I meet a smiling Steven Slater on the second floor of the squat. Slater is a middle-aged man who came to the squat with no radical political compulsions, but mainly out of curiosity. A former resident of Dartmouth, he remembers the building when it was a museum. “This was a history museum,” he says. “The library was down on the first floor. Around the back was the kids’ section.” Looking around the airy, carpeted room, he says, “Well, it’s definitely a wasted space that is useful for something. In terms of keeping the weather off you, you’ve got room here. This is a good building to occupy.”

In an adjoining room, the sun streaming in through a large window, Aaron Doncaster excitedly scopes out possible sleeping spaces. “This is amazing. This is unreal,” he says. “I will live here. I will not pay $500 per month for a crappy little tiny room.”

Sitting on a table nearby, 56-year-old Bill Krampe tells me he’s been an activist since he was 19 when he marched against the Vietnam War. “That makes me an old feller, but that’s alright,” he says. Krampe says he’s “very proud of what I’m doing,” by being in the squat, even though it’s illegal. “I feel hopeful that the word will get out that there are facilities here in the HRM that can house people,” he says. “This building is perfectly OK. It could be a wet shelter.”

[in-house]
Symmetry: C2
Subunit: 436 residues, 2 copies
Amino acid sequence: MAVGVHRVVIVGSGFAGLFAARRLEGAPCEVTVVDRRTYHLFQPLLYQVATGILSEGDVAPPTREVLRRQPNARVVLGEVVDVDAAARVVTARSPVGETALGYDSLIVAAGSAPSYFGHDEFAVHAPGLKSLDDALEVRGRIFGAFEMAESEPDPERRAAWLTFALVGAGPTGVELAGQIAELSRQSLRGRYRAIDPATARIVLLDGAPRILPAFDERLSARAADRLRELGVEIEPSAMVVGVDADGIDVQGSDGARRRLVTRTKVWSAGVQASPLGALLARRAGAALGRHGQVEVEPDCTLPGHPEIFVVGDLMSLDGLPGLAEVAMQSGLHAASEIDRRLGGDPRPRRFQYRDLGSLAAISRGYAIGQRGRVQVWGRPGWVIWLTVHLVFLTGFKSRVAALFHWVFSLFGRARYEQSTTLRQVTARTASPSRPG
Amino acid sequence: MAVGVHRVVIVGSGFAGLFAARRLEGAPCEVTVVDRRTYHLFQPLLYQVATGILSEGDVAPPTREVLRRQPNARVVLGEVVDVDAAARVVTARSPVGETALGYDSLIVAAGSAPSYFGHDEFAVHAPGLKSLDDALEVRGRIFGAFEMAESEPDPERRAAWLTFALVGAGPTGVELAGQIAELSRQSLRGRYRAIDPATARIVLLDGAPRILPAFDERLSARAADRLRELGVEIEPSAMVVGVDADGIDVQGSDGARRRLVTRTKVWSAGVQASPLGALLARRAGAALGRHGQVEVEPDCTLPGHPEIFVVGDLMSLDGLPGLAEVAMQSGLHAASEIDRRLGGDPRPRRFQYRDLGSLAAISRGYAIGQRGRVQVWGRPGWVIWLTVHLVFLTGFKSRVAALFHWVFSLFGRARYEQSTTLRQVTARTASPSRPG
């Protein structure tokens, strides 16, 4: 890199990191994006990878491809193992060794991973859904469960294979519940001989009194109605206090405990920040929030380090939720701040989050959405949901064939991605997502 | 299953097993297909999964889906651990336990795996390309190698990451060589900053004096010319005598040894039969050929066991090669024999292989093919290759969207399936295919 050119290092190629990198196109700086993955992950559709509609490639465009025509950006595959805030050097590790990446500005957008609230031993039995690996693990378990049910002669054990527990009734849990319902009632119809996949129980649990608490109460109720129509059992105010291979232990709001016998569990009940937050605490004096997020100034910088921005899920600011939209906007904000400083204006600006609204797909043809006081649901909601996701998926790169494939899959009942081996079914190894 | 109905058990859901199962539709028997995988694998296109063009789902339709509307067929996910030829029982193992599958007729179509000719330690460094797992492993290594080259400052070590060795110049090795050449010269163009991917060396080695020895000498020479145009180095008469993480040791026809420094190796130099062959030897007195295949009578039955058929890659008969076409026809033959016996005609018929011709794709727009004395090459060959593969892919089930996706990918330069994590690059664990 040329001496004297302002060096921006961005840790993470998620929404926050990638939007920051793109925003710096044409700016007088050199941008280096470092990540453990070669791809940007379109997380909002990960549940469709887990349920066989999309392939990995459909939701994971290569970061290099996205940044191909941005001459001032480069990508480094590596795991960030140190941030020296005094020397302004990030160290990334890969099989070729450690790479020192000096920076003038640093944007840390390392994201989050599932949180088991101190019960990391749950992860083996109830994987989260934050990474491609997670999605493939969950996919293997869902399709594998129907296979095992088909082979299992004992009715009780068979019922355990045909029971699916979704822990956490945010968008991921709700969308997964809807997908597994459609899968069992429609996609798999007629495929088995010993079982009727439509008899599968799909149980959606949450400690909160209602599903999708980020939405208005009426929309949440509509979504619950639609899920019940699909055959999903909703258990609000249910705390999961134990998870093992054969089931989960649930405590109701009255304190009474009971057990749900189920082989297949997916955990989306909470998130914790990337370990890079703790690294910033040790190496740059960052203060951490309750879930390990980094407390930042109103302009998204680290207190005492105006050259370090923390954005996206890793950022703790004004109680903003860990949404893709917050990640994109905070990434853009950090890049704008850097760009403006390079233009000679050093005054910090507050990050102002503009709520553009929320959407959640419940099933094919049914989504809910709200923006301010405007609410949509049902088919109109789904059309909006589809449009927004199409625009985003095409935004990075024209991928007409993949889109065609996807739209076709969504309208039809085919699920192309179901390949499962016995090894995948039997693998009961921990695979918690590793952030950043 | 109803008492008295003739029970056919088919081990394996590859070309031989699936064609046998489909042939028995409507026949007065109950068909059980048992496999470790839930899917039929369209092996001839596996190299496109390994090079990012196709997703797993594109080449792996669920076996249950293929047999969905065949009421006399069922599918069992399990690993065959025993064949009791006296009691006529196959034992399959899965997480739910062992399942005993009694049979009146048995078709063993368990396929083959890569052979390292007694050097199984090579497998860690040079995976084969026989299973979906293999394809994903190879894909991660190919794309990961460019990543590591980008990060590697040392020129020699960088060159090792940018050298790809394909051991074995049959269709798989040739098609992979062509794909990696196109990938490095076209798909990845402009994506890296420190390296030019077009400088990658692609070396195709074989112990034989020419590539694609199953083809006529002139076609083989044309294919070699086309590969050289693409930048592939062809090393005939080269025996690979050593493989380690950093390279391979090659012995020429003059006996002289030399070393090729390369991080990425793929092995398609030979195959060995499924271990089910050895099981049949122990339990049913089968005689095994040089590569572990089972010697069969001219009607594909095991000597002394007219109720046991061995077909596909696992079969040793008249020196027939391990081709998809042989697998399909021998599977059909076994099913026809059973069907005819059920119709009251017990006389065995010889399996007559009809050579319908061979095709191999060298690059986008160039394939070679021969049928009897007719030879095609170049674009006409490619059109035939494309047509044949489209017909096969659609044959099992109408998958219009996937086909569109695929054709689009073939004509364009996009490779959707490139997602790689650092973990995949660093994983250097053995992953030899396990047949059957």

Krampe tells me he’s frustrated that, instead of building affordable housing, “the city is pointing fingers at the province who points fingers again at the federal government.”

Not long after I speak to Krampe, word comes from outside that the police seem to be mobilizing to enter the building. Gathering on the roof, we receive frantic news yelled up from outside. “Police have arrived with a crowbar,” says one. “The city has ordered everyone to leave,” people inside are told. And, we hear that the police have advised: “If you touch a cop, you will be charged.”

For the group of about 10 people still inside, the dream is fading fast. Quickly, attention turns from the optimistic planning of long-term living arrangements to nervous preparations for an imminent siege. Now, those inside must decide if they are willing to face arrest for this cause. For almost everyone in the room, the answer is yes. As the squatters rush to gather desks and chairs to barricade a large glass door on the second floor, I decide to take the last opportunity to leave the building before the raid. I exit from the front, and the door locks behind me. Outside, a squat organizer delivers the news to the police: “Some people have made a decision to stay inside.”